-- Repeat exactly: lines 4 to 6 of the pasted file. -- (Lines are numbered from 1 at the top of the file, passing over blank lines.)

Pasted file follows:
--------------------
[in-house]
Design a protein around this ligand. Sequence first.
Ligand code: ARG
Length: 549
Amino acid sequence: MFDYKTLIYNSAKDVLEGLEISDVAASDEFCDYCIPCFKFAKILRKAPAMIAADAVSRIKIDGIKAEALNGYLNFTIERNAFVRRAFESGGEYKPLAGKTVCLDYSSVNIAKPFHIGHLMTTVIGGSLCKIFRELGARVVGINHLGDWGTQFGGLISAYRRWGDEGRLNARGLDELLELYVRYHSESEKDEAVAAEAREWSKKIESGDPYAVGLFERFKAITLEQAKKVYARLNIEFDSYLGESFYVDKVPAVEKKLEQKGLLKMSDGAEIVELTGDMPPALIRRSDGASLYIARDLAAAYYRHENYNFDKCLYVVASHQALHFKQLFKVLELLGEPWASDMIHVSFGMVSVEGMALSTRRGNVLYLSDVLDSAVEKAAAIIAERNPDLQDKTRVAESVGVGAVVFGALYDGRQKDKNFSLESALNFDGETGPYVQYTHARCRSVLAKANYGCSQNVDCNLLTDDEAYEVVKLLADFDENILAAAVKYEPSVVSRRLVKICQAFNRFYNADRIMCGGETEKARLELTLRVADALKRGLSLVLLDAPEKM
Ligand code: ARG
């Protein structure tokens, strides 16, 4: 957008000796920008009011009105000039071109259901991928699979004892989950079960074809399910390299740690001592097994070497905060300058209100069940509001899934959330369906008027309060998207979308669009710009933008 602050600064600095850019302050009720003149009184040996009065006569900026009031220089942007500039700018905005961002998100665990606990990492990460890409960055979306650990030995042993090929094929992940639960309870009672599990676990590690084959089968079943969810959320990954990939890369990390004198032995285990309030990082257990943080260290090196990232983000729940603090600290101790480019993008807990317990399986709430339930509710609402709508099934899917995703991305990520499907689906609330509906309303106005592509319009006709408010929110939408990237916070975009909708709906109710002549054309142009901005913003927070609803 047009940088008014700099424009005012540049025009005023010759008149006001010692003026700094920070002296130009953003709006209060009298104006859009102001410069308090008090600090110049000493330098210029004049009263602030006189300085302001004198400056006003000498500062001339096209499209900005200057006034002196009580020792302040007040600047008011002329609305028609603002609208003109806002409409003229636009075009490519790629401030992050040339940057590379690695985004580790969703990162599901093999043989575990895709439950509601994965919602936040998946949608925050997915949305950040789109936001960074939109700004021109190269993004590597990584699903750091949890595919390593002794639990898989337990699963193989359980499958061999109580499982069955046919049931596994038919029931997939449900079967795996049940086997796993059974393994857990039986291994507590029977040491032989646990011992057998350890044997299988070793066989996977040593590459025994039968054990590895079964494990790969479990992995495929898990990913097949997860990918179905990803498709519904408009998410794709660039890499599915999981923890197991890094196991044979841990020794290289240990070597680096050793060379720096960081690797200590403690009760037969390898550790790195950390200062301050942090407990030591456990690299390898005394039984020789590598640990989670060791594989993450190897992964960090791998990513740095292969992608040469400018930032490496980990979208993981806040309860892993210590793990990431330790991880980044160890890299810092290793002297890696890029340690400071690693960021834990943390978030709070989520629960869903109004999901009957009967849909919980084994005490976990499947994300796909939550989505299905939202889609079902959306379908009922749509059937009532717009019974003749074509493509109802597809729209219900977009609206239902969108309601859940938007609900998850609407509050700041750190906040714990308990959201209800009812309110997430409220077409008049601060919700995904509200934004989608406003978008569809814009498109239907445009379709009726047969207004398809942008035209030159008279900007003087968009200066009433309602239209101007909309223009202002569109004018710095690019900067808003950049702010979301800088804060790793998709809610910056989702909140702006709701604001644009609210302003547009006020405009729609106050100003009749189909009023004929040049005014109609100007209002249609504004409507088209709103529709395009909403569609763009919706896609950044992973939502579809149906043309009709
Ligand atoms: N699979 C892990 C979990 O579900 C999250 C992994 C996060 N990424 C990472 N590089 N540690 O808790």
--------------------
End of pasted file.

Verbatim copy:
Length: 549
Amino acid sequence: MFDYKTLIYNSAKDVLEGLEISDVAASDEFCDYCIPCFKFAKILRKAPAMIAADAVSRIKIDGIKAEALNGYLNFTIERNAFVRRAFESGGEYKPLAGKTVCLDYSSVNIAKPFHIGHLMTTVIGGSLCKIFRELGARVVGINHLGDWGTQFGGLISAYRRWGDEGRLNARGLDELLELYVRYHSESEKDEAVAAEAREWSKKIESGDPYAVGLFERFKAITLEQAKKVYARLNIEFDSYLGESFYVDKVPAVEKKLEQKGLLKMSDGAEIVELTGDMPPALIRRSDGASLYIARDLAAAYYRHENYNFDKCLYVVASHQALHFKQLFKVLELLGEPWASDMIHVSFGMVSVEGMALSTRRGNVLYLSDVLDSAVEKAAAIIAERNPDLQDKTRVAESVGVGAVVFGALYDGRQKDKNFSLESALNFDGETGPYVQYTHARCRSVLAKANYGCSQNVDCNLLTDDEAYEVVKLLADFDENILAAAVKYEPSVVSRRLVKICQAFNRFYNADRIMCGGETEKARLELTLRVADALKRGLSLVLLDAPEKM
Ligand code: ARG